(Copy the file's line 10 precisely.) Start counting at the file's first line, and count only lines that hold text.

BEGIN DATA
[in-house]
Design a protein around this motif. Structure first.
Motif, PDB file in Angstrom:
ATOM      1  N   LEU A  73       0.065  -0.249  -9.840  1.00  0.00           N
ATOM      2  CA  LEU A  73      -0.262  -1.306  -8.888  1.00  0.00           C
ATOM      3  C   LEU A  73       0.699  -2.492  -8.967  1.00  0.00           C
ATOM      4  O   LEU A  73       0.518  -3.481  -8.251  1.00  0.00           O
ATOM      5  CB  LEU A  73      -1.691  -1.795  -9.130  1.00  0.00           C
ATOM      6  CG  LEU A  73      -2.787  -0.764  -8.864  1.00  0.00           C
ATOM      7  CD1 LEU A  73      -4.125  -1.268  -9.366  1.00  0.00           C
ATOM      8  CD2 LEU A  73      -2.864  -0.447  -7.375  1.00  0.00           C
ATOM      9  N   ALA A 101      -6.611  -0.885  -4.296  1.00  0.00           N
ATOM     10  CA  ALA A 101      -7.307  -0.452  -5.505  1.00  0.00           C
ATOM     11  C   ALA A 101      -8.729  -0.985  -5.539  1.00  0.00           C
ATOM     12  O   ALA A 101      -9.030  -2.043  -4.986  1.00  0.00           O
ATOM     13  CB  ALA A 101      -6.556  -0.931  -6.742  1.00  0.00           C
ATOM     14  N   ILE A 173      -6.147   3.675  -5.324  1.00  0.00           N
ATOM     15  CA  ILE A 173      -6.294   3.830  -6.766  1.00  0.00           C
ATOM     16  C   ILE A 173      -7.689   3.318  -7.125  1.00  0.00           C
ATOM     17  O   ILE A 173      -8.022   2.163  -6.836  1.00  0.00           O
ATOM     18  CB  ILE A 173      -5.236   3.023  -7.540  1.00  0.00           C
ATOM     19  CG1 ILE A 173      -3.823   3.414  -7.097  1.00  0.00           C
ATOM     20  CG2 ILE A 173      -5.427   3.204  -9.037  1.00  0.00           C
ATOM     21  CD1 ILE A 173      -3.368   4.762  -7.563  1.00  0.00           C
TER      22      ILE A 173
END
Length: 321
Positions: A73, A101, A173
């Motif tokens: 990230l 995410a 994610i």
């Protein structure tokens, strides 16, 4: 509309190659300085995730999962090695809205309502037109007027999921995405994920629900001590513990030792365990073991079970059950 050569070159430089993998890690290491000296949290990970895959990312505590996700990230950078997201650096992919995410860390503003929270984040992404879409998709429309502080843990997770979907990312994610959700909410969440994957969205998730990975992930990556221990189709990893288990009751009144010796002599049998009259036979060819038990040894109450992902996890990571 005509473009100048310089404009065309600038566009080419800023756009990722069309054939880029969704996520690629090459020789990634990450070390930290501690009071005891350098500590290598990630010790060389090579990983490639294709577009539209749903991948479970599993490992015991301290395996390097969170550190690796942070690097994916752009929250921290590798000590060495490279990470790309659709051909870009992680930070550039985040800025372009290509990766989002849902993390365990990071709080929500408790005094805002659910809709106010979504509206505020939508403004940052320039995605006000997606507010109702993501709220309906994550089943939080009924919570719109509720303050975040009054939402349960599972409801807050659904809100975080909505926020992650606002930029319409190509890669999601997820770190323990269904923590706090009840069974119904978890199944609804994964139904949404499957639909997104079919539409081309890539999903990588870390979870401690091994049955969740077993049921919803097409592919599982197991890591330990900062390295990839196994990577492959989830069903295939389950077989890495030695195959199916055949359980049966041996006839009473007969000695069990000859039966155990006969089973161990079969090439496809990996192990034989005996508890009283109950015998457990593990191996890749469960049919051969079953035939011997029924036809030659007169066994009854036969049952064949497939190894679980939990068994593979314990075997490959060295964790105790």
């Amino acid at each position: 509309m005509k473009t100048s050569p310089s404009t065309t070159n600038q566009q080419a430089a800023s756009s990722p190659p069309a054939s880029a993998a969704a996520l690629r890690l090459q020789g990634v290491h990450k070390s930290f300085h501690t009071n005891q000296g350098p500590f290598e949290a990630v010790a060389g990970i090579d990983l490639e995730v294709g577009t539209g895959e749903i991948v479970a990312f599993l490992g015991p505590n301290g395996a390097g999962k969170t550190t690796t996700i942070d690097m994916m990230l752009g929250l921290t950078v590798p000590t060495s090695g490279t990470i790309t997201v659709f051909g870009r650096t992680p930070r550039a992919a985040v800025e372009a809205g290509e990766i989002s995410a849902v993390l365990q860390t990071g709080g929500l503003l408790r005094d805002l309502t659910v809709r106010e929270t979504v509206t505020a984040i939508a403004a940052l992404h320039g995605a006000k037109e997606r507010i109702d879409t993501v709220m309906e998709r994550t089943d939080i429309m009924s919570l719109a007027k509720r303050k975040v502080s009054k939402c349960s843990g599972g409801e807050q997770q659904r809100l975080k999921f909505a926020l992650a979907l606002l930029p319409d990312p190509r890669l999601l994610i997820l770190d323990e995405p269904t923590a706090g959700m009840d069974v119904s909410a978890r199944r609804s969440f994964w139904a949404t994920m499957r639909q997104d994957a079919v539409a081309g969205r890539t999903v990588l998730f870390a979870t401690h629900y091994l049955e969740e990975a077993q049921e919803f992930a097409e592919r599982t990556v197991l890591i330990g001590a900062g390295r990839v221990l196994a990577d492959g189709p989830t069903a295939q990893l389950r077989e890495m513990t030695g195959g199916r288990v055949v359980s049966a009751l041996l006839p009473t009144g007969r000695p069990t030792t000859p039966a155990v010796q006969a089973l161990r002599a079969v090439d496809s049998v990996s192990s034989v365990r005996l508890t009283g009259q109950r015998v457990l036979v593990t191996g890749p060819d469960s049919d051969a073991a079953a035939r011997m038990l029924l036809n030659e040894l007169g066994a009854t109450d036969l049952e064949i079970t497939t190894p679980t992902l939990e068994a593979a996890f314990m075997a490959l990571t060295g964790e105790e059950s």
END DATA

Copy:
ATOM      7  CD1 LEU A  73      -4.125  -1.268  -9.366  1.00  0.00           C